# Section 5 - Interpretation

## Do these equilibria make sense?

When there's no sort of mutualism in effect (b and d are both zero), it's pretty easy to tell what's going on. The two species grow independently from each other: species x doesn't care how big (or small) species y gets because it won't affect the rate at which species x grows.

There are two relevant parameters: a (birth) and e (death). Obviously, the larger a is, the bigger the population will be able to get before death brings it to a halt at the equilibrium, and the larger e gets, the faster death will be able to decimate the population. These two competing factors are very straight-forwardly reflected in the formulas for the equilibria: a/e and c/f.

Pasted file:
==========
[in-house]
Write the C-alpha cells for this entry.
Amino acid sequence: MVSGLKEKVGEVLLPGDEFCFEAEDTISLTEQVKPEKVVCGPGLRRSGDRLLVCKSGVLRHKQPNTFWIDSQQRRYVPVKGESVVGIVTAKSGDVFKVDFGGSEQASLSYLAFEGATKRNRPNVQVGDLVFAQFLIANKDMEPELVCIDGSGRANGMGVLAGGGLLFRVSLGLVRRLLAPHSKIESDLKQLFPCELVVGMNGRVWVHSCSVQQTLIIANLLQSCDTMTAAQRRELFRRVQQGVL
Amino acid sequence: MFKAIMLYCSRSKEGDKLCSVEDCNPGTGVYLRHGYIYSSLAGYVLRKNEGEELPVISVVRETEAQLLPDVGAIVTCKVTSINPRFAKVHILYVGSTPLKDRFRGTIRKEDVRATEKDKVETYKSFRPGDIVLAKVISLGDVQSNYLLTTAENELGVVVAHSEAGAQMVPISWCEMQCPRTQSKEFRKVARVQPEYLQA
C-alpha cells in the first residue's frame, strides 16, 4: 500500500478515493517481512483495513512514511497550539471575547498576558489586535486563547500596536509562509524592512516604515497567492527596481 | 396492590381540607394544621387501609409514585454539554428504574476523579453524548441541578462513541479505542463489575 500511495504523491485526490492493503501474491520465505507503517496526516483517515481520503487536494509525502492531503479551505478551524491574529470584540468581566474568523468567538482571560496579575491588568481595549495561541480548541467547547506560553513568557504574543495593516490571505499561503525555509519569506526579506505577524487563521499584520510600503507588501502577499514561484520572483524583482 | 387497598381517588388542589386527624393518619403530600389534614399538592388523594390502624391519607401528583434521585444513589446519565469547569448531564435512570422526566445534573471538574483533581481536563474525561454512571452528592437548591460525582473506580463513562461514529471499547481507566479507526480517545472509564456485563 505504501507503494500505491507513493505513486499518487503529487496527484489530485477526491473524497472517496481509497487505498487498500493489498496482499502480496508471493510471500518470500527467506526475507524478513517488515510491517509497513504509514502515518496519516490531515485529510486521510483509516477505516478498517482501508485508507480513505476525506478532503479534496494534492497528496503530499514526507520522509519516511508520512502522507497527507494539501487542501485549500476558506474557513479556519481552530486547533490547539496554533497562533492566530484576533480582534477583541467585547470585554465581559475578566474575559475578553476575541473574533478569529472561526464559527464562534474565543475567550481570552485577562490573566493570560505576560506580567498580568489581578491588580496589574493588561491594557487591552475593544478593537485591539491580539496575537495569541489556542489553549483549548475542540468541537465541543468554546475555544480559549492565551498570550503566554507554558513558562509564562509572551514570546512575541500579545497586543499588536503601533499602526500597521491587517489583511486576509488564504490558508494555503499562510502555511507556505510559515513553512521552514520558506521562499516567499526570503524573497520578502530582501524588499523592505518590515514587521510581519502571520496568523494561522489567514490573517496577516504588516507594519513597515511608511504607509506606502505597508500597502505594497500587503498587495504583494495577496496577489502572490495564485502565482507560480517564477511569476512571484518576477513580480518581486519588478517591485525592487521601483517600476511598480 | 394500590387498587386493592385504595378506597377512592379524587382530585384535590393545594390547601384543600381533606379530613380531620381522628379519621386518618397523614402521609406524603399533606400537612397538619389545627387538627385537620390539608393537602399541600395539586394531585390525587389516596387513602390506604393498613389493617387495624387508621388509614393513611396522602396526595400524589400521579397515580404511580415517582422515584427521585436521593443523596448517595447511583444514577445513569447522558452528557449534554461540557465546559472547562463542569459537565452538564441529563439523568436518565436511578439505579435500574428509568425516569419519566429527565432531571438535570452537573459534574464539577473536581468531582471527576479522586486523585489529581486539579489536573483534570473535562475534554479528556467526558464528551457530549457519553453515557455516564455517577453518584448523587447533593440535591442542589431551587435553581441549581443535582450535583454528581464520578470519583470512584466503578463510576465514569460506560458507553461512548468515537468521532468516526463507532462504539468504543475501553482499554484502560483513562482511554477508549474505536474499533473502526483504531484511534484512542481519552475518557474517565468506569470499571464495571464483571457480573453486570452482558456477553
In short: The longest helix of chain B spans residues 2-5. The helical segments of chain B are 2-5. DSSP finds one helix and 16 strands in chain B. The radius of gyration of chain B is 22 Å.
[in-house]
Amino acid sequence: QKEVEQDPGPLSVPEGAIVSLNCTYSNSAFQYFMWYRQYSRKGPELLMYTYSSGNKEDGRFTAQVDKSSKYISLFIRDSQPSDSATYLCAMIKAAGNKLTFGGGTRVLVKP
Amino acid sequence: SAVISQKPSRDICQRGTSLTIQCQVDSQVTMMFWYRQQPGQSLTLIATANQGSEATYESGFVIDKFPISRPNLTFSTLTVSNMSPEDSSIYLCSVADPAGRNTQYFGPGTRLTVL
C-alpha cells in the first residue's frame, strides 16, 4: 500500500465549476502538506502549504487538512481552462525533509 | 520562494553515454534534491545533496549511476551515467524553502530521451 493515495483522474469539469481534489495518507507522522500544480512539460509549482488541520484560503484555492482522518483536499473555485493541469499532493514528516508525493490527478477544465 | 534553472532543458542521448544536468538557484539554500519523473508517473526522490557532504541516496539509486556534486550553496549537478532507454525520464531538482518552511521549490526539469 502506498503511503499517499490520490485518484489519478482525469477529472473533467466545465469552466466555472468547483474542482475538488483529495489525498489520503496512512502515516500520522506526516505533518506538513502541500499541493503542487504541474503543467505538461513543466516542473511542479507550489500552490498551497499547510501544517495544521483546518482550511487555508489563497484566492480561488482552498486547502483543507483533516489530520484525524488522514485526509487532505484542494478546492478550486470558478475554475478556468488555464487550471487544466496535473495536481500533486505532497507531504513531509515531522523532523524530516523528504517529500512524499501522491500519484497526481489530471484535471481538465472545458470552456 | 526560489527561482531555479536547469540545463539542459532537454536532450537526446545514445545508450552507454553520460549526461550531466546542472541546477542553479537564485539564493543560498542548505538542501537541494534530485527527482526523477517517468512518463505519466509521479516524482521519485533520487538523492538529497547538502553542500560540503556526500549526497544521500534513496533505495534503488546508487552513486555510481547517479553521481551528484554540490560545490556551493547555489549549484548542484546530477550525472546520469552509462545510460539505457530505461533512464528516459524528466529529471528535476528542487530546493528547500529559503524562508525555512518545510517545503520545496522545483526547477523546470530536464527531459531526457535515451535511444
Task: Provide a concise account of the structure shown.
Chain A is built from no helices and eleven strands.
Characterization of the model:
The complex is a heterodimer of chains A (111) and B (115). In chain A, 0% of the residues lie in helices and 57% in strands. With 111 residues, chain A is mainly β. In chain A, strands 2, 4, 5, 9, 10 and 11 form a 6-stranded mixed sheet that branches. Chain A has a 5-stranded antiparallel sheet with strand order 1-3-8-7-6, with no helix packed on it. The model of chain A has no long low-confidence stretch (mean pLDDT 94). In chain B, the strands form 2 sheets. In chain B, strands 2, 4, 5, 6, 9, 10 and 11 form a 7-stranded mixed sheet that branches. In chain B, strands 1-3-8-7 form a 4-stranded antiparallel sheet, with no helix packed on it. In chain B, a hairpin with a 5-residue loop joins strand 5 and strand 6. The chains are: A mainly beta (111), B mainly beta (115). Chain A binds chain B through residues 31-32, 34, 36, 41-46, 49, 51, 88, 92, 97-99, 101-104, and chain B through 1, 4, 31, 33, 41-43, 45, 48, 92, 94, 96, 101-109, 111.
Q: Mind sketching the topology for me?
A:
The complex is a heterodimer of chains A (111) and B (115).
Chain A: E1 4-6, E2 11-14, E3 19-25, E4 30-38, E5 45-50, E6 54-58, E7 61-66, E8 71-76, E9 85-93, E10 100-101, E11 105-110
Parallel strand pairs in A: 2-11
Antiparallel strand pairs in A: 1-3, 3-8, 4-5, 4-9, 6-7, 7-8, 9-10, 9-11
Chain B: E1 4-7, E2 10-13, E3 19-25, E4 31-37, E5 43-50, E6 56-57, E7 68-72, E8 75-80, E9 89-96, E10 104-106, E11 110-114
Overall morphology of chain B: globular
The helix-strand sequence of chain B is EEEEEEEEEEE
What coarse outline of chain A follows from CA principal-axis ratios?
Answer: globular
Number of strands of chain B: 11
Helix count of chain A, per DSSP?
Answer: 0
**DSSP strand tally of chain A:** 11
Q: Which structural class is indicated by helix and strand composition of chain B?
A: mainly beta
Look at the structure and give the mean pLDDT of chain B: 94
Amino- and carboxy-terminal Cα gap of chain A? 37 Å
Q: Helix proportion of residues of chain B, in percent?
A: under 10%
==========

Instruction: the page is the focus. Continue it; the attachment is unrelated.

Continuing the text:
Unfortunately, when mutualism is in effect (b and d are both greater than or equal to zero) the formulas for the equilibria are a little less straight forward. However, we are able to see from the formulas that when b and d are equal to zero the formulas simplify to: a/e and c/f which are the nonmutualistic equilibria that we found in section 2.

Also, as the mutualism parameters (b and d) increase, the x and y equilibria increase above their nonmutualistic levels, which is what we would expect, because the more the species benefit from the other's existance, the higher their populations are able to rise.

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